He is victorious. The empty tomb declares that He is even victorious over death. The grave couldn’t hold Him. The resurrection of Christ was not disputable then because there were too many eye witnesses. And it remains indisputable today by those who call Jesus their King. This truth sits as a foundation of our faith.
Most of the time, when I read John’s account (chapter 20) of the empty tomb, I find myself in tears…first, because of the beauty and hope found in the resurrection and secondly, because of a very special Easter spent in Italy.
Prior to this vacation, I felt a bit bruised and battered spiritually. First, I was told by someone I respect tremendously that a woman should never be allowed to lead a small group in the church if men were attending. Qualifications did not matter. Next, I attended a small house church gathering where the discussion centered around women in ministry. There were quite a few who were adamant that women should not be allowed to preach. Pulpit prohibited!
I tried to stay quiet and listen, until one young woman who is crazy about Jesus, gently asked, “What happened between the Old Testament and the New? What about Deborah and other women in Scripture who were respected for their roles of leadership?” And the crowd came down hard, telling her to read the two verses in the New Testament prohibiting women from speaking in the church. They knew nothing of the context of the Scripture they were using as reference. They were holding hard to what God said would happen as consequences for the sin of Adam and Eve (Genesis 3). They failed to fight for the beautiful kingdom God created before the fall (Genesis 1 and 2).
I admired the young woman’s courage to ask questions that should be asked and I offered comments about historical context. Since then, I’ve learned more about what happened in the 400 years between the Old Testament and New Testament. By the time, Jesus was born, women were held in the lowest of regard. For the most part, they were considered inferior and often walked in shame.
Until Jesus. He turned everything upside down. He lifted women up from positions of shame onto seats of honor. Every. Single. Time. Every encounter He had with a woman elevated her and expressed her value.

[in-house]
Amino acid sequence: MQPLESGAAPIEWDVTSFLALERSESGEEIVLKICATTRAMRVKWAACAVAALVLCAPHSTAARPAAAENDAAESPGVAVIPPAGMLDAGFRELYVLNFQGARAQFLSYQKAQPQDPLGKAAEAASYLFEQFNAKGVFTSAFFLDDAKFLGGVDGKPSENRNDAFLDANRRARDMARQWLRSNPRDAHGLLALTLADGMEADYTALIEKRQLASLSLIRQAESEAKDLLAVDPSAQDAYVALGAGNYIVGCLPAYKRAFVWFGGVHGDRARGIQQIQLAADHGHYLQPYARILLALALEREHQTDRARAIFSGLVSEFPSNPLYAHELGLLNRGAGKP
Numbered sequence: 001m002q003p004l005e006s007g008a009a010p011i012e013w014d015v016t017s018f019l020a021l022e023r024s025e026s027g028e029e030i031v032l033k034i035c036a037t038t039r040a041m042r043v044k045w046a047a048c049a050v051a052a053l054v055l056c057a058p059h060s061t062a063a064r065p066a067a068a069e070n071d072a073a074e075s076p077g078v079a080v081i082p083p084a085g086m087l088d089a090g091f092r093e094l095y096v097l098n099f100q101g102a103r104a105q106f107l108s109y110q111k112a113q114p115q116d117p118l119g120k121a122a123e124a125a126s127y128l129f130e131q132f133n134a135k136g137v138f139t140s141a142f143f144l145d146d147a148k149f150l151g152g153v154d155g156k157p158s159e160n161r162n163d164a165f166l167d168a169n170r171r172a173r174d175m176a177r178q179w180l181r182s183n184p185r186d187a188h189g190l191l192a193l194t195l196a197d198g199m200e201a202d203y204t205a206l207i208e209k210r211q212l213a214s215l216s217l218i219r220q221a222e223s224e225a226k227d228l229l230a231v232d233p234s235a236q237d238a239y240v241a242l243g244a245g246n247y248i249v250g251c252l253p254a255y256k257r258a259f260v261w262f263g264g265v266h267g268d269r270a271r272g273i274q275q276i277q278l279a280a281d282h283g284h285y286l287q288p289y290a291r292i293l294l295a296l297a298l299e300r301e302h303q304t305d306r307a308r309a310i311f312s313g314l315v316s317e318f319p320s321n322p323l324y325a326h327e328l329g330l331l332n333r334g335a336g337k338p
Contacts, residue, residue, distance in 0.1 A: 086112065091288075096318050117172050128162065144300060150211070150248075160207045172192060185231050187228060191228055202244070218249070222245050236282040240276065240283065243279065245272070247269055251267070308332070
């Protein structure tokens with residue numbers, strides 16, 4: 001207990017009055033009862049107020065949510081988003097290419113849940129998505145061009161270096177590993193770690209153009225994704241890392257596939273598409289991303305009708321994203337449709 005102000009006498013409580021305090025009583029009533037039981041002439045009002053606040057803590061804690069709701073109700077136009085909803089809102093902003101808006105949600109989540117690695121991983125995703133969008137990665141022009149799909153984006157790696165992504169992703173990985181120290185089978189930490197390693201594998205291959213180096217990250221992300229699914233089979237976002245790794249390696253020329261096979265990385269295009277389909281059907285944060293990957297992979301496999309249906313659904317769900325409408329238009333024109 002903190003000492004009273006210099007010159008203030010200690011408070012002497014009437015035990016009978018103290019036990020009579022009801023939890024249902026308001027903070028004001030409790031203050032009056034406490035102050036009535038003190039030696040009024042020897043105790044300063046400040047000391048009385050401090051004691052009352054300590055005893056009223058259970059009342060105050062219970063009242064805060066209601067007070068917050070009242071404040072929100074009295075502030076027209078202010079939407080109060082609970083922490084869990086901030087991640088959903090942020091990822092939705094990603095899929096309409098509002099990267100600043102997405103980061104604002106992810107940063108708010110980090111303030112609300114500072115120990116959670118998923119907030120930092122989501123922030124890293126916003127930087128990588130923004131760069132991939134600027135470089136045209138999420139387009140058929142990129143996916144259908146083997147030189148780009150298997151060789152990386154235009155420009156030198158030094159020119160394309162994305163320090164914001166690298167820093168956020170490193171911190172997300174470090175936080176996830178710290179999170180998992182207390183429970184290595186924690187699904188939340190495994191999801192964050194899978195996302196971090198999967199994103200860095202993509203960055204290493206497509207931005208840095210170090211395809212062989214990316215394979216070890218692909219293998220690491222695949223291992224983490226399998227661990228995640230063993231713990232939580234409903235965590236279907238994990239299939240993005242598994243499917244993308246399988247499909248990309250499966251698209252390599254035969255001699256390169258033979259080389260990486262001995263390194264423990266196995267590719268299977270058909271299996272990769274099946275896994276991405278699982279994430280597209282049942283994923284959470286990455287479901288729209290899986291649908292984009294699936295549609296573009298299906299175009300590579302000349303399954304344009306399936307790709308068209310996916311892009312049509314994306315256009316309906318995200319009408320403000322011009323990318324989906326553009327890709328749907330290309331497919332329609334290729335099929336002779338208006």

So…I arrived in Italy feeling downcast about how women are sometimes treated within the very community who should be fighting hardest for them.
We were traveling with dear friends. Over Saturday dinner, my husband and the other man said they wanted to go to Easter mass. I looked at them in shock and said, “We won’t understand a word being said!” They answered, “But, it’s Easter!”
I agreed but stubbornly told them, I would be taking my Bible with me so I could at least read the lesson. Yes, that was before we had access to the Bible on our cellphones, so I travelled with my Bible – even to other countries.
We sat behind the ropes in the cathedral 👆🏼separating church members from the tourists. I opened my Bible to the passage the priest was reading and discussing. I understood absolutely nothing that was being said except…the names of Jesus and Mary Magdalene. I heard their names repeated time and time again. And the tears started flowing.
I considered Mary Magdalene. Multiple demons had taken residence within her. She was deeply tormented by them until she encountered Jesus. She was radically set free and began faithfully following Jesus. She, along with other women, could be found at the foot of the cross when He breathed His last breath and they were also at His tomb. She surely felt lost, alone and frightened but most of all, her grief must have been consuming. She had sinned so much and had been totally, radically healed and forgiven. And the One who had given her life value and meaning was gone.
And that place of brokenness is where Jesus met her. Mary was the first person to experience the risen Christ. He spoke her name, “Mary.” And then He commissioned her to go and share the good news with the men and women.
John recorded this and almost 2000 years later, Mary’s name would be the only human name I would recognize in an Italian Easter service. My spirit would catch a glimpse of the Savior who lifted women out of shame into places of honor. I would remember that He revealed Himself as the risen Christ to a broken hearted woman first.
I was (and I am) so touched that Jesus met me when I was struggling. Across an ocean, on foreign soil, He lifted my chin, soothed by battered heart and reminded me that all people have purpose and are of value to Him – male and female, Jew and Gentile, slave and free. All are one in Him.
What a Savior!
Question to ponder:
Do I fight for “Thy kingdom come” as found in Genesis 1 and 2 or do I settle for the consequences of sin as defined in Genesis 3?